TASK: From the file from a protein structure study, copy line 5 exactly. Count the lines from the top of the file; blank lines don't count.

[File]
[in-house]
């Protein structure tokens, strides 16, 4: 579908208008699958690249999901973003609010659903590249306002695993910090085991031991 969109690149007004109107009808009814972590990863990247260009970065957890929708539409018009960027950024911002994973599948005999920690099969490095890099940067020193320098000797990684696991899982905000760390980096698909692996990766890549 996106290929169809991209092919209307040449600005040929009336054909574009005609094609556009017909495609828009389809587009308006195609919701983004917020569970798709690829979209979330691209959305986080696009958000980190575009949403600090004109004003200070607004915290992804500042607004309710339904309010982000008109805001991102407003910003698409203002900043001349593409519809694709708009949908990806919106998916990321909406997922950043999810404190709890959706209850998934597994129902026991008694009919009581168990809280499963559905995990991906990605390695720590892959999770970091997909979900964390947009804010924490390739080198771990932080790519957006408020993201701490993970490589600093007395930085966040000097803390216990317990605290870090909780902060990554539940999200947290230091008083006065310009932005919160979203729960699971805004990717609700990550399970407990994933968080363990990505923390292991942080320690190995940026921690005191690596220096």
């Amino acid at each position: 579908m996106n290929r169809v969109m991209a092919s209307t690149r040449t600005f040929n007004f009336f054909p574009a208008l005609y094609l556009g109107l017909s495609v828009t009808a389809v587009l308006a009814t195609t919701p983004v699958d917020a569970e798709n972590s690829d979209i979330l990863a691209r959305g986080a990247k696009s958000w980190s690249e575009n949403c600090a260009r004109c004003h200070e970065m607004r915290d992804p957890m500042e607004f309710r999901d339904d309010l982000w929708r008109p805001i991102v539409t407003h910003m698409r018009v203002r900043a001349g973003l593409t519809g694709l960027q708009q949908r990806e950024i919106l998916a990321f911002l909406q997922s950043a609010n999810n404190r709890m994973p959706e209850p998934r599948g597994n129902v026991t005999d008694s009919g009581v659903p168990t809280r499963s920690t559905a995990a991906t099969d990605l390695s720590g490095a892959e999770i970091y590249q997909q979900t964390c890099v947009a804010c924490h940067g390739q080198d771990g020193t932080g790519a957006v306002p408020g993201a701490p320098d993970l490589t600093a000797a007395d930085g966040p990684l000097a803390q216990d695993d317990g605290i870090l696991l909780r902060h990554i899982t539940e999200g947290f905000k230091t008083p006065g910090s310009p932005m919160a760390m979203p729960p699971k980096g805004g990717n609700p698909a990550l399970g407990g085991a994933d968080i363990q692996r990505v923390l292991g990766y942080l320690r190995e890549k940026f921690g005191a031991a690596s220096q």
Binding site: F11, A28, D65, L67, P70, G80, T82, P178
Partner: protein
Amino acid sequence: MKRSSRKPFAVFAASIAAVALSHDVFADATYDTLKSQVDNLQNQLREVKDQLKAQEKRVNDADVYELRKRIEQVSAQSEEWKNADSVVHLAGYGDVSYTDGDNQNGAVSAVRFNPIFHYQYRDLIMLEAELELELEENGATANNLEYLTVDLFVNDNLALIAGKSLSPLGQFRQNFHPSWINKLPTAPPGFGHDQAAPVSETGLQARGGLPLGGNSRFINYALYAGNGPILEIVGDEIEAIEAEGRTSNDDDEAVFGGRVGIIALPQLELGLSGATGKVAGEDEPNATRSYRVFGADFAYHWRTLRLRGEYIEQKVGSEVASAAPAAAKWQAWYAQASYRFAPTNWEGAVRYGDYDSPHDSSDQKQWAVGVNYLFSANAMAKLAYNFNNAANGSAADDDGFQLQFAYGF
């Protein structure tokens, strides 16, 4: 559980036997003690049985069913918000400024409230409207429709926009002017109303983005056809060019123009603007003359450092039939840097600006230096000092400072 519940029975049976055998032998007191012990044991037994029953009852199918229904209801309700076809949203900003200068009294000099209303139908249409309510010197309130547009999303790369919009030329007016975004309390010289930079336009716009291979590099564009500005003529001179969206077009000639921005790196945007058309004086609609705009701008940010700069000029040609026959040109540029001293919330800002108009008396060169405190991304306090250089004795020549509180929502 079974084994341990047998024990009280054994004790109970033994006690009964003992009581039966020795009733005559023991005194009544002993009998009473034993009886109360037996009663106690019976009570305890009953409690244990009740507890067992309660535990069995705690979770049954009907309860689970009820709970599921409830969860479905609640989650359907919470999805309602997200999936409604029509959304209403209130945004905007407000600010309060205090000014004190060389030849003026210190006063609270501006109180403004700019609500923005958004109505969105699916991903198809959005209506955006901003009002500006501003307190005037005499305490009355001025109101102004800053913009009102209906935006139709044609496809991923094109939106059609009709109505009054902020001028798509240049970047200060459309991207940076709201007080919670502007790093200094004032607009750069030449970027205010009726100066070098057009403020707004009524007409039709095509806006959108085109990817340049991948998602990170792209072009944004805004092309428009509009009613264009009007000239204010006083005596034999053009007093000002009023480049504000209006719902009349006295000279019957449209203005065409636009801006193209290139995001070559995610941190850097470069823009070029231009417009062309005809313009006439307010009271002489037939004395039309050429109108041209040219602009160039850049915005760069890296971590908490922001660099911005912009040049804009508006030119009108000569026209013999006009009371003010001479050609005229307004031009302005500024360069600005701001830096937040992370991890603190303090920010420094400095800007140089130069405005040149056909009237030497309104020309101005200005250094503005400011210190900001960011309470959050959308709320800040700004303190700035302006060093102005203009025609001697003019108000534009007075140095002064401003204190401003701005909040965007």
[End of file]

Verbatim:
Partner: protein